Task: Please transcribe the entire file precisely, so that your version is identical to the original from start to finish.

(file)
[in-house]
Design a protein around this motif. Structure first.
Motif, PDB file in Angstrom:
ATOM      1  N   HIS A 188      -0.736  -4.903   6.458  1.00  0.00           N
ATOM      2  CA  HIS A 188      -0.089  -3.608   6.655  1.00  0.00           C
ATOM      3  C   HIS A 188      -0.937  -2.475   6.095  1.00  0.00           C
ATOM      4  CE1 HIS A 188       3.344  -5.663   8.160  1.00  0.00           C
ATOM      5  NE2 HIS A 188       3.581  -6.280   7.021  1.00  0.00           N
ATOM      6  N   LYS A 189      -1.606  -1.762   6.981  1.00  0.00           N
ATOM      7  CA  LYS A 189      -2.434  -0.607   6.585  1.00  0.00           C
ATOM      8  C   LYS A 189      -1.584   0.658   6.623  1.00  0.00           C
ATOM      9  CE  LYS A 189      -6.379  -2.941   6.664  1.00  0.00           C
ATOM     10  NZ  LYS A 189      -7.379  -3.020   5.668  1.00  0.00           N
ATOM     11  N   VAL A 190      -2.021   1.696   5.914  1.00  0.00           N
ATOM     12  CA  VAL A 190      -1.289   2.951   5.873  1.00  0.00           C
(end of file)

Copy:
[in-house]
Design a protein around this motif. Structure first.
Motif, PDB file in Angstrom:
ATOM      1  N   HIS A 188      -0.736  -4.903   6.458  1.00  0.00           N
ATOM      2  CA  HIS A 188      -0.089  -3.608   6.655  1.00  0.00           C
ATOM      3  C   HIS A 188      -0.937  -2.475   6.095  1.00  0.00           C
ATOM      4  CE1 HIS A 188       3.344  -5.663   8.160  1.00  0.00           C
ATOM      5  NE2 HIS A 188       3.581  -6.280   7.021  1.00  0.00           N
ATOM      6  N   LYS A 189      -1.606  -1.762   6.981  1.00  0.00           N
ATOM      7  CA  LYS A 189      -2.434  -0.607   6.585  1.00  0.00           C
ATOM      8  C   LYS A 189      -1.584   0.658   6.623  1.00  0.00           C
ATOM      9  CE  LYS A 189      -6.379  -2.941   6.664  1.00  0.00           C
ATOM     10  NZ  LYS A 189      -7.379  -3.020   5.668  1.00  0.00           N
ATOM     11  N   VAL A 190      -2.021   1.696   5.914  1.00  0.00           N
ATOM     12  CA  VAL A 190      -1.289   2.951   5.873  1.00  0.00           C